Q: I’m generally exhausted by the end of the day so I fall asleep just fine, but I wake up at 3 or 4 every night and can’t go back to sleep. Do I have insomnia or is something else going on?
A: Yes, you do have insomnia, but not the movie-scene tossing-and-turning-for-hours-before-you-fall-asleep variety. Science defines insomnia as repeated difficulty with the initiation, duration, maintenance, or quality of sleep that occurs despite adequate time and opportunity for sleep and results in some form of daytime impairment. So your wee-hour wake-ups certainly qualify as insomnia—they’re just a different type. Sleep specialists classify what you’re experiencing as a “sleep maintenance” problem. They consider not being able to fall asleep when you first hit the sack a problem with “sleep latency.” While both types of insomnia can share many of the same causes—too much stimulation before going to bed (from food, drink, or TV), job- or life-related stress or worry, a chaotic or irregular sleep routine—sleep maintenance problems can also stem from a couple of biochemical issues.
The first concerns melatonin, a hormone secreted by the pineal gland in the evening once the sun has set. According to the National Sleep Foundation, melatonin levels normally start rising about 9 p.m. in response to darkness and stay elevated until dawn, when daylight triggers the brain to turn off the flow. If we’re not exposed to bright light during the day or to darkness in the evening (especially in the bedroom), our melatonin levels may stay low, and even though our exhausted body surrenders to sleep initially, an agitated mind can wake it up before it’s completely rested.
Unfortunately, our crazy electronic, lit-up world can convince our brains that it’s always daytime. To counteract that, you may need to invite the night in by turning down the lights and unplugging your gadgets for a bit before going to bed. Or go out for a nighttime stroll—the exercise can also help calm the mind and body. If these suggestions—coupled with a good sleep hygiene program that includes a nightly wind-down routine, avoidance of stimulants, and a regular sleep/wake cycle—don’t do the trick, you can try melatonin supplements. Take 1 to 3 mg about 30 minutes before bedtime for up to two weeks and then increase to 5 to 10 mg, if necessary. I don’t recommend melatonin supplements as a long-term daily treatment, but they’re excellent for short-term (or periodic) sleep support.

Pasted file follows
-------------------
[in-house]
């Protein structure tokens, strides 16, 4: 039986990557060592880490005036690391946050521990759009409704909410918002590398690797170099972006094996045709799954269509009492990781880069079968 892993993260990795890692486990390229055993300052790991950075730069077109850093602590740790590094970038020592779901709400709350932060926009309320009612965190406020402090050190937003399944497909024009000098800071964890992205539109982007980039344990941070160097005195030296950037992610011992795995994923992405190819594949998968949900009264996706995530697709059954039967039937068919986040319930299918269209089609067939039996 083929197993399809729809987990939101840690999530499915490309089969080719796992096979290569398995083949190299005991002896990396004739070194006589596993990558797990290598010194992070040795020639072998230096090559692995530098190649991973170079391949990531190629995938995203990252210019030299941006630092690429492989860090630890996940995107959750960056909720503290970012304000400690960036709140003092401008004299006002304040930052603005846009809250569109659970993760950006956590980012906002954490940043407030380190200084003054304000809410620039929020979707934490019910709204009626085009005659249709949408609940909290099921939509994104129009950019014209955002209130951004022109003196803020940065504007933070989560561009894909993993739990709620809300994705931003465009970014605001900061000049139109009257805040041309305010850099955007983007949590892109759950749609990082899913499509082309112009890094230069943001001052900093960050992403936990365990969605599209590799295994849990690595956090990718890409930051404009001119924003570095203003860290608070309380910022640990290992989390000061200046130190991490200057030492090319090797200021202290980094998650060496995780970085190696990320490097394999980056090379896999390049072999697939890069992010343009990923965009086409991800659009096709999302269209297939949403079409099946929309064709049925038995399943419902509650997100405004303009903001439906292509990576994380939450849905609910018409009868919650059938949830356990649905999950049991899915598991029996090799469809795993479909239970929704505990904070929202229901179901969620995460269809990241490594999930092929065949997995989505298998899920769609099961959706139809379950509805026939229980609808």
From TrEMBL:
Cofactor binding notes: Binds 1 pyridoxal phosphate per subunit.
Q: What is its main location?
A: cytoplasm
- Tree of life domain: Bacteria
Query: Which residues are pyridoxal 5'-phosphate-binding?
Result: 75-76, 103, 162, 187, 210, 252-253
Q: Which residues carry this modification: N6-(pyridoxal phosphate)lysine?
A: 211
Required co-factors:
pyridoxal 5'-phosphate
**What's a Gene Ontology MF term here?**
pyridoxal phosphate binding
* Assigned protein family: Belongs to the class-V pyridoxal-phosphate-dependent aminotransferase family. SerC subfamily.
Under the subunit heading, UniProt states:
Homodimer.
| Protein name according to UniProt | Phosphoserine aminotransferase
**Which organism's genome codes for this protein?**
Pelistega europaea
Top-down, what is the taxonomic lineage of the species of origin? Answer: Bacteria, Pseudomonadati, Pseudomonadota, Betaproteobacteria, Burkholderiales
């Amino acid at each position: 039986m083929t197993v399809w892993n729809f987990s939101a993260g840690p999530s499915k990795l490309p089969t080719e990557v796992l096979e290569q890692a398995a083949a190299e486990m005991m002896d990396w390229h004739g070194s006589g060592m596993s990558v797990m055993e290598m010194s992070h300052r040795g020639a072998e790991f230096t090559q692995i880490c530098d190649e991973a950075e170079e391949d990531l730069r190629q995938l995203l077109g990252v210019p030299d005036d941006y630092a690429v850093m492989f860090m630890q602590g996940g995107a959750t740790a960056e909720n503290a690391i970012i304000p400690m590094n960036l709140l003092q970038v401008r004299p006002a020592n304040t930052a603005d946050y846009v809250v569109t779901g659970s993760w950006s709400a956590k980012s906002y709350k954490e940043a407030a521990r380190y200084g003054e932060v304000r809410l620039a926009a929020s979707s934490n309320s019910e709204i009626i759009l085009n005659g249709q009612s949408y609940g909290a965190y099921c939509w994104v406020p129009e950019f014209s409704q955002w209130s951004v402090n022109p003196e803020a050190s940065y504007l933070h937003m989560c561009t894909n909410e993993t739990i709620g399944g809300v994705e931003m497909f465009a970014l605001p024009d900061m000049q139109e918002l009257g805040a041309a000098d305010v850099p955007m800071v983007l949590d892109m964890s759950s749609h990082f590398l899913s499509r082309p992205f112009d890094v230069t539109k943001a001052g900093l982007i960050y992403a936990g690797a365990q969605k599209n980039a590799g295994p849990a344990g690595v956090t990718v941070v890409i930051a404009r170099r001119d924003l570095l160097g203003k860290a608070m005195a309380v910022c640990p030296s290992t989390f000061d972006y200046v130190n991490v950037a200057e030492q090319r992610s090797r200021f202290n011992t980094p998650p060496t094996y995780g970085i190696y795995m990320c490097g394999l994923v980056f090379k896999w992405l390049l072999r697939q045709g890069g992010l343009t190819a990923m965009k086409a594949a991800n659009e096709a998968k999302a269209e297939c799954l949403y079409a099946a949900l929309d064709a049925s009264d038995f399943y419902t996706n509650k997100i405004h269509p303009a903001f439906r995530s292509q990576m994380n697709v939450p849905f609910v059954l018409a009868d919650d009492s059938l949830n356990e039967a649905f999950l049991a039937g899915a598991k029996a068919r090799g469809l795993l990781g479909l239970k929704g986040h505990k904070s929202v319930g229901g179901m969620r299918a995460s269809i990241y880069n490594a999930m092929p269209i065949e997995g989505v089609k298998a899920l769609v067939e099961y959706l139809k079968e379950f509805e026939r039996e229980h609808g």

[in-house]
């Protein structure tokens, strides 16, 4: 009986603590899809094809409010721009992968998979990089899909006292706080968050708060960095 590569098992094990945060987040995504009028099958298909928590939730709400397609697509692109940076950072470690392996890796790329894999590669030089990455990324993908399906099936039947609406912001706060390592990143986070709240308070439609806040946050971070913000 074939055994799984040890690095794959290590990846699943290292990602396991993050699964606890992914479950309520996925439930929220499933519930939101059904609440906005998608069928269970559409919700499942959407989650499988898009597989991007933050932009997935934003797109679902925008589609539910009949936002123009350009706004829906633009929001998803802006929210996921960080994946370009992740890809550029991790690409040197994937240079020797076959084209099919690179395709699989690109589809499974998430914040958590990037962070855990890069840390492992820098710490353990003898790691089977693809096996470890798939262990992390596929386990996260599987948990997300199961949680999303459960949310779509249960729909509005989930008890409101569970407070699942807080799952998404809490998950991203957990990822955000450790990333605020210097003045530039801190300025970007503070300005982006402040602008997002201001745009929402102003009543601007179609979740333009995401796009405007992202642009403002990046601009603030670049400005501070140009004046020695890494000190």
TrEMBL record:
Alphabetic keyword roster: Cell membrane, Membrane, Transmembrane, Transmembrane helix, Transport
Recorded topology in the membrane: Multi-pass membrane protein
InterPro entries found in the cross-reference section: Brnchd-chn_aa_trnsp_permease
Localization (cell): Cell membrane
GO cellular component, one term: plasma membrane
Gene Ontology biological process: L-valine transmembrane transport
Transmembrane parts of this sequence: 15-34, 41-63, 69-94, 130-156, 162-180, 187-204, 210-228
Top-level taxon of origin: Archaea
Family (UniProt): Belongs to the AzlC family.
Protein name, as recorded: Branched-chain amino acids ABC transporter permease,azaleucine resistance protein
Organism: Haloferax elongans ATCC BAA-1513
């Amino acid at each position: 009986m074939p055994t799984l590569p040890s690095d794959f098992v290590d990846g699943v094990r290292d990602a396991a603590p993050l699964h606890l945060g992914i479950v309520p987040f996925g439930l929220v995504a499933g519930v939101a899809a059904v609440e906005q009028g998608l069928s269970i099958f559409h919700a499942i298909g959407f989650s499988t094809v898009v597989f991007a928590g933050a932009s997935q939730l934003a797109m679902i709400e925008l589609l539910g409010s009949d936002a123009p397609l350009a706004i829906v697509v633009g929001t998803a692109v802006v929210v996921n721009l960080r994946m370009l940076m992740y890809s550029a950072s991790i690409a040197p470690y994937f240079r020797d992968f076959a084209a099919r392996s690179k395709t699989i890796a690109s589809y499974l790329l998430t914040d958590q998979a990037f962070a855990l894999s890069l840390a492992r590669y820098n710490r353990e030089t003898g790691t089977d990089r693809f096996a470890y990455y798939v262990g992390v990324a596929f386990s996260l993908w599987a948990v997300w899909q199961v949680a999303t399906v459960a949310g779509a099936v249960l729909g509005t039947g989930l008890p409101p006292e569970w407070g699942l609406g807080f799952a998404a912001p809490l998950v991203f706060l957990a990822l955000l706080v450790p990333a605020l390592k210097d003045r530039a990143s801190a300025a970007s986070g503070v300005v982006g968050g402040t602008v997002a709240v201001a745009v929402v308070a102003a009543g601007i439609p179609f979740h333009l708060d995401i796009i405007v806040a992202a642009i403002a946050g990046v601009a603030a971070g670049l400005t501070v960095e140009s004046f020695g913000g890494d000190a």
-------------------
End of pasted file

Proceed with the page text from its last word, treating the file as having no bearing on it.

Cortisol also rises when we’re under stress (it’s part of the body’s fight-or- flight response), so in many individuals with high-stress jobs or lives, the level of this wake-up chemical stays elevated all the time—even when they’re asleep.
A second cause of sleep maintenance problems involves what’s often called the anti-sleep hormone. When the brain turns the melatonin spigot off for the night, it signals the body to produce another chemical, cortisol, to jump-start our morning. Cortisol levels increase 50 to 160 percent within 30 minutes of first waking up and then gradually fall throughout the day, hitting their lowest levels between 11 p.m. and midnight. Cortisol also rises when we’re under stress (it’s part of the body’s fight-or- flight response), so in many individuals with high-stress jobs or lives, the level of this wake-up chemical stays elevated all the time—even when they’re asleep. Again, although they may fall asleep normally, as soon as the body gets a few hours rest, the cortisol wakes them up.
You can lower your cortisol level throughout the day by finding ways to counteract the stress of work and everyday life. Yoga and meditation can play important roles here, as can aerobic exercise, sanity breaks, pranayama, prayer—anything that will allow the mind and body to relax. But if unremitting stress over a long period of time has thrown the cyclical rise and fall of cortisol seriously out of whack—so that its morning wake-up call occurs at 4 a.m., say—then you’ll need to reset things. Adaptogenic herbs like ginseng, cordyceps, rhodiola, astragalus, and licorice root help our bodies counter stress by nourishing the adrenals and supporting homeostasis. They boost the immune function as well, without creating unwanted side effects. You can try an over-the-counter ginseng or cordyceps formula, but if they don’t work, a naturopath, an herbalist, a doctor of Chinese Medicine, or an ayurvedic practitioner can better determine your body’s needs and how to address them.
Yoga and meditation can play important roles here, as can aerobic exercise, sanity breaks, pranayama, prayer—anything that will allow the mind and body to relax.
And finally, studies have long claimed that sleep maintenance insomnia is a hallmark symptom of depression, although more recent studies suggest that it may be a cause as well—and may in fact signal the near onset or relapse of the condition. The two aren’t inexorably linked, of course, but if other remedies fail, you might look to your overall mental health. Interestingly, cognitive behavioral therapy (CBT), now a standard treatment for chronic insomnia, also seems to relieve depression. CBT uses psychotherapy and may include journaling and biofeedback to help a patient identify thoughts and behaviors that cause distress and then substitute healthy thoughts and actions in their stead.
But what about a short-term fix to get back to sleep once awakened? If counting sheep or using breath-related relaxation techniques fail to induce sleep within 15 to 20 minutes, most experts suggest you get out of bed and do something relaxing in another room—like your wind-down routine or listening to calming music—and go back to bed only when you feel drowsy.